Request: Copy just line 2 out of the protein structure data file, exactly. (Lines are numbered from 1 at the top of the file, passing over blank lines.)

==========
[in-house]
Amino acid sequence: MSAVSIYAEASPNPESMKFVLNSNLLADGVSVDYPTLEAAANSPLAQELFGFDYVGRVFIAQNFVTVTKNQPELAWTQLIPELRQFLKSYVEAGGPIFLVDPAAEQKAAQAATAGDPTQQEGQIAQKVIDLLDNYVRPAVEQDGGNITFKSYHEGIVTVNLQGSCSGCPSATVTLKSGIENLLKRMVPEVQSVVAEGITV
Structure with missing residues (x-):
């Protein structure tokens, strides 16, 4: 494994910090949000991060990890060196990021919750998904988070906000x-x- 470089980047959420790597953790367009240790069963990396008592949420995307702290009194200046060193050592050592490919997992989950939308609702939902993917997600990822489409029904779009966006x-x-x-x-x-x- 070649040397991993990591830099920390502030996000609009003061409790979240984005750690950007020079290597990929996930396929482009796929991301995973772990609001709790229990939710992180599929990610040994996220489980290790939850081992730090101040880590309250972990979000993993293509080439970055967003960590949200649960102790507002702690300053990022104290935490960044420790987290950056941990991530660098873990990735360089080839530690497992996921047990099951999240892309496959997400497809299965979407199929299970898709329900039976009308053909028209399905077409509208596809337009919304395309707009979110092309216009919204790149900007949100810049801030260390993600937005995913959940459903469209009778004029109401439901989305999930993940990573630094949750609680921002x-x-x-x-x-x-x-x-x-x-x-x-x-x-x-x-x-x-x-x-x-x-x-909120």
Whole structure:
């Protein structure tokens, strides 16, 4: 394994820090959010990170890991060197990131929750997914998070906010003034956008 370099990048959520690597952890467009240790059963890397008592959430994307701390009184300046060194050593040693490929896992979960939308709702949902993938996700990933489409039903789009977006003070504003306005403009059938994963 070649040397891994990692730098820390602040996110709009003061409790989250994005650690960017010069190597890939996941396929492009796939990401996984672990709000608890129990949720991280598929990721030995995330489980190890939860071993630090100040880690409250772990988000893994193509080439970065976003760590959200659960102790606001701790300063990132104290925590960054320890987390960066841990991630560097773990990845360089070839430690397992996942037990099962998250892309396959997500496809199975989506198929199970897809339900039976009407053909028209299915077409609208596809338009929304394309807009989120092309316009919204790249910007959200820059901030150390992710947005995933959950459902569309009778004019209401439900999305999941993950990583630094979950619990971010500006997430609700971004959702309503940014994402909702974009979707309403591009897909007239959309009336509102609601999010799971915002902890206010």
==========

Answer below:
Amino acid sequence: MSAVSIYAEASPNPESMKFVLNSNLLADGVSVDYPTLEAAANSPLAQELFGFDYVGRVFIAQNFVTVTKNQPELAWTQLIPELRQFLKSYVEAGGPIFLVDPAAEQKAAQAATAGDPTQQEGQIAQKVIDLLDNYVRPAVEQDGGNITFKSYHEGIVTVNLQGSCSGCPSATVTLKSGIENLLKRMVPEVQSVVAEGITV